John Cowane was born in 1570, the third generation of a wealthy family of merchants based in Stirling since 1520. His grandfather had traded with Dutch suppliers and supplied honey, prunes, saffron and spices to the Court of James V. At this time the Dutch were importing large quantities of Scottish goods including fish, coal, salt, wool and hides, goods coming and going via small vessels navigating to Stirling bridge on the Forth or from East coast ports. In the seventeenth century Stirling was thriving, Royal Burgh status bringing lucrative foreign trade and travel opportunities to the merchants of the town. Successful and influential, John Cowane became a wealthy Protestant burgher who took full advantage of the social and economic circumstances of the time, as a merchant and trader, money lender and local farmer. He was highly influential and trusted, negotiating on behalf of the Convention of Royal Burghs regarding oversees trade, and as a Dean of Guild and Member of Parliament. He died a bachelor, in 1633, having amassed huge sums of money. He left small sums to needy local causes, such as five hundred merks to the Church of the Holy Rood, and, in contrast, forty thousand merks for the provision of a 'hospital', charitable Christian housing where 'twelve decayed guild brethren' could live rent-free in a community with familiar and common values.
The site chosen for the Hospital was prestigious, adjacent to the Church of the Holy Rude and near the mansions of rich merchants and nobility. The land was transferred to the Council via John Cowane's brother and executor, Alexander Cowane, and included a house (Auchmitie's) and two tenements, positioned on a close or path, and a well. The typical arrangement of tofts, strips of land running back from the main street, allowed rich burgesses to acquire and combine adjacent tofts creating large plots for redevelopment. The site was a challenge to building, with many constraints to resolve including difficult geology and topography with the alternation of rocky outcrops and hollows, a tapering constrained footprint on the edge of a steep escarpment and the presence of the closely contiguous Town Wall, already part of the Burgh's defences for 90 years in 1637.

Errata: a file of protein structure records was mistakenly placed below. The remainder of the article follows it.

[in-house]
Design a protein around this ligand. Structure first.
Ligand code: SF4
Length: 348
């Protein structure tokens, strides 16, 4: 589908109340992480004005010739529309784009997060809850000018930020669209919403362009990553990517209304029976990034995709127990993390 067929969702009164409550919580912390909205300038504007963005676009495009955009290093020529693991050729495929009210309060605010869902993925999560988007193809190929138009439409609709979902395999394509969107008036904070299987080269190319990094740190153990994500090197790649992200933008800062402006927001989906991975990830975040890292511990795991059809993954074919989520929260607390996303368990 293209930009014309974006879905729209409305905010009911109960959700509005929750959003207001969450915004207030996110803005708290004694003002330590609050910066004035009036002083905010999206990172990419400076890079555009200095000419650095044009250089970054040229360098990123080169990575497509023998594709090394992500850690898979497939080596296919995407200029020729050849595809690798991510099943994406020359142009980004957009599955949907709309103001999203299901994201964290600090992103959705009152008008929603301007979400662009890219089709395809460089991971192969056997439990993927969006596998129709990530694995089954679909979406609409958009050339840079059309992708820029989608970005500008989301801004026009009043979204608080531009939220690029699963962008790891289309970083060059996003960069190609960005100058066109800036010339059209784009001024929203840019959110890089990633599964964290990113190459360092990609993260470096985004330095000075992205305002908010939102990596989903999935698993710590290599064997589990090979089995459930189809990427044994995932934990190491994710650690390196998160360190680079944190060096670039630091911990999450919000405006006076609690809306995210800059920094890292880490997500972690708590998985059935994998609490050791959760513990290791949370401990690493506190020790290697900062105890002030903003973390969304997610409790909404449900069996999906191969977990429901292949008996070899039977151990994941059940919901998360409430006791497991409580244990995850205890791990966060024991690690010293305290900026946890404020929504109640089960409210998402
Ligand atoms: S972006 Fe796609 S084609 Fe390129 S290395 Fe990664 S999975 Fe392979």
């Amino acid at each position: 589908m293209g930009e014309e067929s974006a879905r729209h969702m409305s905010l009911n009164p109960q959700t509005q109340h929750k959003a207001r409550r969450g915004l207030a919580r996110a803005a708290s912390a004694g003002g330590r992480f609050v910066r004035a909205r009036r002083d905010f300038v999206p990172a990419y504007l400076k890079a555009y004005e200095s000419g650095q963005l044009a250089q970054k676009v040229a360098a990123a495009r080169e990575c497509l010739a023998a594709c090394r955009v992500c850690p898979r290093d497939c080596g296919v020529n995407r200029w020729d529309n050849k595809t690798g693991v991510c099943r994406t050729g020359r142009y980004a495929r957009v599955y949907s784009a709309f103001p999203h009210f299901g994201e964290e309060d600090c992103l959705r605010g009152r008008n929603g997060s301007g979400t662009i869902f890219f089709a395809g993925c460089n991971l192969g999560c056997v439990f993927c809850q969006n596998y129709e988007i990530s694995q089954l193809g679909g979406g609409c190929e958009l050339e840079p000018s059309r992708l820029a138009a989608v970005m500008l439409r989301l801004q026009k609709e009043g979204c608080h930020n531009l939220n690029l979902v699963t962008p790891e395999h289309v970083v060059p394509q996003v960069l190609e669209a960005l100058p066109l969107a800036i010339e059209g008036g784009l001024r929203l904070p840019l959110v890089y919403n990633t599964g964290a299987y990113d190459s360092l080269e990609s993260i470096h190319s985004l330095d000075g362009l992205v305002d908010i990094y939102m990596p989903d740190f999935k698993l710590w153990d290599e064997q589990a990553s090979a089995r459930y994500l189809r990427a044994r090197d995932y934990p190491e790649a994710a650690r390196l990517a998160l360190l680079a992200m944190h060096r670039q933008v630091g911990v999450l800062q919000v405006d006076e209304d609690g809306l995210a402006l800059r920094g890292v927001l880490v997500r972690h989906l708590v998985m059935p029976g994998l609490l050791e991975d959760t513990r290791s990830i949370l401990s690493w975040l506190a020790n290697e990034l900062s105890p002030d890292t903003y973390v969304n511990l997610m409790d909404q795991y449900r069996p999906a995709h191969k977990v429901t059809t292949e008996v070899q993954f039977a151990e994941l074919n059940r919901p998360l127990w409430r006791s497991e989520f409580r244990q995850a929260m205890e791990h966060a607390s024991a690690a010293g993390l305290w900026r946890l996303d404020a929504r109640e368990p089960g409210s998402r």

At a time of great uncertainty and gathering conflict, it seems likely that the Hospital was conceived as part of these existing defences, the building forming one of a number of regular bastions within the Wall. The Trustees employed the royal master mason, John Mylne, to draw up plans for the house and plot. Early in 1637, the old buildings were demolished and the master mason, John Rynd, used a technique of burning peat and coal to fracture the solid rock to prepare the site for building. By May 1637 the site was cleared and stone and timber from the old house was put in store for re-use and John Rynd began excavating the foundations.
The building, completed in 1660, was a fitting outcome for John Cowane's aspirations to support Guild brethren for posterity as well as a celebration of his life and times. In scale and size it was typical of contemporary civic buildings and in style and details reflected the wealth of the Scottish mercantile class. It incorporated many features typical of burgh architecture and of the influence of trade links, through, for example, the Dutch inspired crow-stepped gables and embellishment with inscribed panels of biblical quotations, typical of Scottish and Dutch custom. The centrepiece of Mylne's building was a classically detailed bell tower with a pedimented niche occupied by a carved memorial to John Cowane, declaring its high status to the Royal Burgh of Stirling. The simple E-shaped plan provided an adaptable template to accommodate different functions at different levels.
The grounds of the Hospital were first levelled in 1661, when the Masters caus level the yaird of the said hospital, plant it about with plain trees, make walking green, pavement the closse and oute walk with hewin stones (Burgh & Cowane's Minutes 1659-80, 18 April 1661). This arrangement provided for the basic needs of the guild brethren - a place to walk and an area to grow vegetables, fruit and flowers with probably an informal 'physic' garden for the growing of herbs. 20th century aerial photographs suggest that the garden may have been laid out at that time in a regular series of strip beds. The garden was enclosed on the exposed east and north side by a hedge of '300 thornes', evident on the John Laye map of 1725, and a sundial, carved in stone by the local mason John Buchanan, was set up in 1673 and provided a focal point. The recorded entry, in 1701, of 'ballisters' erected on the high walk suggests that by that time an arrangement of terraces had already been established. The terraces and garden would have offered a commanding and airy position from which panoramic views of the surrounding landscape could be enjoyed. Thus, in 1707, Sir Robert Sibbald describes Cowane's Hospital with a very fine garden adjoining it'from whence'there is a very pleasant prospect to the King's Park, as also to the country east, south and west (Sibbald, 1707). An account of trees and flowers imported from Holland, ordered by William Stevenson, who was the first recorded gardener at the Hospital and appointed in 1667, included: 2 apricot trees; 2 peach trees; 2 double yellow roses; 2 Amigdalas pumila (dwarf almond); Amigdalas pumila flore plena (double flowering dwarf almond); Jasminum luteum (the 'Yellow Jessamy' or yellow jasmine); and 'July' flowers or gilly flowers ' pinks for the borders.